My next project/article is on media (the objects) used in Satanic magical rituals that have cross purposes: The Satanic Bible not only as ritual script, but as a talisman, an object of importance with aesthetic properties; writing out one’s own script is not solely for liturgical guidance, but has artistic value as the letters scrawled in cursive, written with nice pens, become word-images; music played during ritual is more than an aural experience, as your presence in the chamber alters the resonance and sound and promotes a physiological reaction. Books are smelled. Letters are touched. Sound is felt.

In Satanic ritual magic, heightened sensorial experiences are designed to stimulate a transformative and effective magical rite. The media, then, is the magic.

This next project on Satanic magic is cross-disciplinary, using studies in material culture alongside studies in magic and esotericism, approached with the intent of centralizing the material aspect. David Morgan’s introduction to religion and media studies lists the multiple and varied fields and scholars engaged with media studies, addressing similar questions in the field, stemming from different disciplines. It is fitting to end this blog post with his open-ended commentary that: “To date, participants have felt no urgency to limit the discourse or dominate it by discipline, field, or methodology. For many of us, this is a sign of robust intellectual health” (2008, 13).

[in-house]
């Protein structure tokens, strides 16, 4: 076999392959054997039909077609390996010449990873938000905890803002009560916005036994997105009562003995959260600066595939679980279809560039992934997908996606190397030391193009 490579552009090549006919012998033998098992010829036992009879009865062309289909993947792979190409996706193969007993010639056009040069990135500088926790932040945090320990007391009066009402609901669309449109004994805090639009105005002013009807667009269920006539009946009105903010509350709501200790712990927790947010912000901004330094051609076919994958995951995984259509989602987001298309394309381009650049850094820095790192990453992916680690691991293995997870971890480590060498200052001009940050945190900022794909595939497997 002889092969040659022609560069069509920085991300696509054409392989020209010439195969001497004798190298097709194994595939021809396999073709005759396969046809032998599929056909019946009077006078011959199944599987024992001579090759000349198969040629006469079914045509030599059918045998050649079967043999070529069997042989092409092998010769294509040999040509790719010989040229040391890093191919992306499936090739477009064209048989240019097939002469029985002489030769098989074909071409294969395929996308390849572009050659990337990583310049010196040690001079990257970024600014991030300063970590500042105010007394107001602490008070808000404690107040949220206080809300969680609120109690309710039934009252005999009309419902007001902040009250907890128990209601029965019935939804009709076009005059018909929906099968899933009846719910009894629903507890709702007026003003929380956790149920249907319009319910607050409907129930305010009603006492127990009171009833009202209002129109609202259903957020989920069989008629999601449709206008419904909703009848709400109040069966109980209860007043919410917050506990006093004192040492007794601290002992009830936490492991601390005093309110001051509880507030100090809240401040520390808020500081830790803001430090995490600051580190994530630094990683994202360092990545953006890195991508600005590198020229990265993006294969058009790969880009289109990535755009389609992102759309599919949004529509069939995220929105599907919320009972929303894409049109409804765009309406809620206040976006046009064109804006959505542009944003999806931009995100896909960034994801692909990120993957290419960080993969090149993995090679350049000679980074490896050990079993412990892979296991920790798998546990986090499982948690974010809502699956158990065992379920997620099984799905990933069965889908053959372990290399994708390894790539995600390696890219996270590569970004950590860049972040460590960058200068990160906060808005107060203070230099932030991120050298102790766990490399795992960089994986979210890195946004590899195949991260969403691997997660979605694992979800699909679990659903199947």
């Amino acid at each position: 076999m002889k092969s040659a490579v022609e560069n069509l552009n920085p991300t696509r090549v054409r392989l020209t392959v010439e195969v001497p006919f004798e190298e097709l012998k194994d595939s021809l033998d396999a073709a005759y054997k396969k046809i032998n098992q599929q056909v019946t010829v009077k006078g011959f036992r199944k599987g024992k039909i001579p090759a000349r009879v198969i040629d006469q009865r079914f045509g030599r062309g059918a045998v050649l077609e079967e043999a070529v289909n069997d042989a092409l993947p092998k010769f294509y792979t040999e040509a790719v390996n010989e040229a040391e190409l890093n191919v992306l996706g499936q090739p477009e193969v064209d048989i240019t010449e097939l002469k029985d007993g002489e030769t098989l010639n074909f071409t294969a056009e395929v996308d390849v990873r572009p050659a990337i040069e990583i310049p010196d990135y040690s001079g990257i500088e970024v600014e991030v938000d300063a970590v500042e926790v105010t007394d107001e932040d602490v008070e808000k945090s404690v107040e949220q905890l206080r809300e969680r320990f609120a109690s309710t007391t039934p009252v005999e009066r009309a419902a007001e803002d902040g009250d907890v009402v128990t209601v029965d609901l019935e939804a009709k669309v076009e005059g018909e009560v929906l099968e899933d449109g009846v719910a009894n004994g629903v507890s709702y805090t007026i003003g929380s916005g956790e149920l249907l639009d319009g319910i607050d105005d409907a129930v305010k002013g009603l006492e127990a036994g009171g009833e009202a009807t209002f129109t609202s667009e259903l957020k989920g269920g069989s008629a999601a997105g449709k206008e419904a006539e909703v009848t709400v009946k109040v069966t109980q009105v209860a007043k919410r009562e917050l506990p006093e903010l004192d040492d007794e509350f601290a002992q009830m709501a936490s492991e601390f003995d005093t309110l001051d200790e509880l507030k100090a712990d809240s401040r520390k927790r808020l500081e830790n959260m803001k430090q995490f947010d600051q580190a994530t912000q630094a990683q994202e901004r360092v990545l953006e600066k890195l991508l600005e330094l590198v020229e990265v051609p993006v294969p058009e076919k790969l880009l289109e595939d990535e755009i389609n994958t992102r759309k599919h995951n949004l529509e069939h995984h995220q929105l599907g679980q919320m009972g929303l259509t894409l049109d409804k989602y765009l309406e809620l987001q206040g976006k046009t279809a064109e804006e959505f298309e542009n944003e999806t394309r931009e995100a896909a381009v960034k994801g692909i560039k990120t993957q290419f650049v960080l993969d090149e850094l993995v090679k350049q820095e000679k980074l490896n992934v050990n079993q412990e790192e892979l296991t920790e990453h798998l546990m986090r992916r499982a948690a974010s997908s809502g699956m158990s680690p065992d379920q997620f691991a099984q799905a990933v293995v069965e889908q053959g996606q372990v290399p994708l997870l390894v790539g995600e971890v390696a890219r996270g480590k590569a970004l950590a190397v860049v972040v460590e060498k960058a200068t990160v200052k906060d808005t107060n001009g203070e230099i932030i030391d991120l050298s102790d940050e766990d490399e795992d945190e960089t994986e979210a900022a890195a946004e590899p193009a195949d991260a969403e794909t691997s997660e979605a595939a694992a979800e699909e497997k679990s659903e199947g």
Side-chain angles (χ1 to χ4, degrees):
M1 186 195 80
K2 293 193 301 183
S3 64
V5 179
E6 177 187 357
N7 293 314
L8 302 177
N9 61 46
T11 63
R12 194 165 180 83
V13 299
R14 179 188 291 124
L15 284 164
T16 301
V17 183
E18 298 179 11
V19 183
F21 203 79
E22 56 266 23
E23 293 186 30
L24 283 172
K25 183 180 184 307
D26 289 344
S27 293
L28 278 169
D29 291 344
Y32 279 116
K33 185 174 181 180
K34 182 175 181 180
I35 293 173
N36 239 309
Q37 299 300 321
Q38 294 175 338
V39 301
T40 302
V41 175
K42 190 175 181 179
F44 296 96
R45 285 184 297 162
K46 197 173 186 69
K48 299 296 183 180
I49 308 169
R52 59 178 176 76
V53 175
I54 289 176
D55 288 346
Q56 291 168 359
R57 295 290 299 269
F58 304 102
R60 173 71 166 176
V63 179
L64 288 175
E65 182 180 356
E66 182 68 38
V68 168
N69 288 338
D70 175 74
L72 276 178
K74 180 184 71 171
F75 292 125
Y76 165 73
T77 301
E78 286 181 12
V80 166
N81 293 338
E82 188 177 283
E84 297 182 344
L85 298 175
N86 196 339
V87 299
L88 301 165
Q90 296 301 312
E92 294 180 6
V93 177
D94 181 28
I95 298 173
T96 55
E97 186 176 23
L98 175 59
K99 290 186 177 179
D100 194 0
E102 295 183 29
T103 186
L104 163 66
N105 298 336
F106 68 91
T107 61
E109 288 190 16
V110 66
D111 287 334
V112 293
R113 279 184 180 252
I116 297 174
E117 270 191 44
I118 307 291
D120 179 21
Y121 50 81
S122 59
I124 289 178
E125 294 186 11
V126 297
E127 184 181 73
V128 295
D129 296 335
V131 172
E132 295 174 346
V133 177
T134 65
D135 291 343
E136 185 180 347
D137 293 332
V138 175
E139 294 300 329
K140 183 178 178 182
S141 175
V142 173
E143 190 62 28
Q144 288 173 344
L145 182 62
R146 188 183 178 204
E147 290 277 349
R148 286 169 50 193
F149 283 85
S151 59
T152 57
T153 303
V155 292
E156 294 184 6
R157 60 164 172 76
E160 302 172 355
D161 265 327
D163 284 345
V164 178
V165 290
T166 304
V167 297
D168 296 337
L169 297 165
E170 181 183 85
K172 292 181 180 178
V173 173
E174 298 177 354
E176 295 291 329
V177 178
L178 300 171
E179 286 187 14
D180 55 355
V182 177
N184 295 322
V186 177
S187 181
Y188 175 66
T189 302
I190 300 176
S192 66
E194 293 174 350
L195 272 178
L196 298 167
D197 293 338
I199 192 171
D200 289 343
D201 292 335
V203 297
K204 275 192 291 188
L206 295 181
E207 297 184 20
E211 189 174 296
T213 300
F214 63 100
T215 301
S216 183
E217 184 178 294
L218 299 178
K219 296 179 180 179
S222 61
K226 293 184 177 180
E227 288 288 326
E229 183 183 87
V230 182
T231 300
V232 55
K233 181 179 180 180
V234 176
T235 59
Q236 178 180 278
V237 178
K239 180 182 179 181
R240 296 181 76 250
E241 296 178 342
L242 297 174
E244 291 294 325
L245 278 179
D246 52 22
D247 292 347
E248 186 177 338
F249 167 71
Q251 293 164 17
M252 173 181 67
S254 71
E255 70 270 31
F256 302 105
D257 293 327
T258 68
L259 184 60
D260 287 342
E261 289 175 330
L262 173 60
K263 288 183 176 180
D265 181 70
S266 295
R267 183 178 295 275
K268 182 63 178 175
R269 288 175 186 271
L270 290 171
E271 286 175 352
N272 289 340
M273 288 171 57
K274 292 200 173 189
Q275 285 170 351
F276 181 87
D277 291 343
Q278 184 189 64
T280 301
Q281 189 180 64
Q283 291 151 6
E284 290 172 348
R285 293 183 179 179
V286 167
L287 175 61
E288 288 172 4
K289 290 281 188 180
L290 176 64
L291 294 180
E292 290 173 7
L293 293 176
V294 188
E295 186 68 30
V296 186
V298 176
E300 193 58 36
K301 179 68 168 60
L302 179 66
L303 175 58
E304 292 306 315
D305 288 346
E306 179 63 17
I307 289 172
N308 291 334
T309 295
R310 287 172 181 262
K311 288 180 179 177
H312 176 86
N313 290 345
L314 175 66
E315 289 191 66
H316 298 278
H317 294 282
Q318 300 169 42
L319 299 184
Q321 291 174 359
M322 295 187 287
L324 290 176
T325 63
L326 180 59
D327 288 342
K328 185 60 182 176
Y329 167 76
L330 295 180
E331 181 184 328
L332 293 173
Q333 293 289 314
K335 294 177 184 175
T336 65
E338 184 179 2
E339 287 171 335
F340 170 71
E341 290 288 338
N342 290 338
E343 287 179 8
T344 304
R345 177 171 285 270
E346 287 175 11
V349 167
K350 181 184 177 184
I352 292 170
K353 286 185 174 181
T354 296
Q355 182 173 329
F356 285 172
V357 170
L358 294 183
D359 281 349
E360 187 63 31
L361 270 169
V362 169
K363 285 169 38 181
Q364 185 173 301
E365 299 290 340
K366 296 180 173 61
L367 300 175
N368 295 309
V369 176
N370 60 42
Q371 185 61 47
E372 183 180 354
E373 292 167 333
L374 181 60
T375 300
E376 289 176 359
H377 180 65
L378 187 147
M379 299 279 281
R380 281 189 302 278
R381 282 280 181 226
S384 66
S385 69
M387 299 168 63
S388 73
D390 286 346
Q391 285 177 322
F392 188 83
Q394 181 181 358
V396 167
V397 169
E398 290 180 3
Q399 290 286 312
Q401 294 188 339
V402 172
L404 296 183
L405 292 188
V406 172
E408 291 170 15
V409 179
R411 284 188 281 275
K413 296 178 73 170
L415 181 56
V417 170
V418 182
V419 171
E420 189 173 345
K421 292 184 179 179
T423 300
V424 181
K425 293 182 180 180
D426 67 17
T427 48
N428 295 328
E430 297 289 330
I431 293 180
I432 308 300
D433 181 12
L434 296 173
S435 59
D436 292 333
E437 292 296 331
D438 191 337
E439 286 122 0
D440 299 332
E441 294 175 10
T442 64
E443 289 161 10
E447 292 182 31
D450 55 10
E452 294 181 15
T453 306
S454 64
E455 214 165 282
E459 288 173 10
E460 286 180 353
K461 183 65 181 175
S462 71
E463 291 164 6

[1] As an important parallel: challenging the very term “belief” as a defining factor of religion is an ongoing discourse in religious studies. I can state anecdotally that it is a hurdle introducing the concept that religion takes many (unrecognizable) forms to new students, many of which have little or nothing to do with “belief.”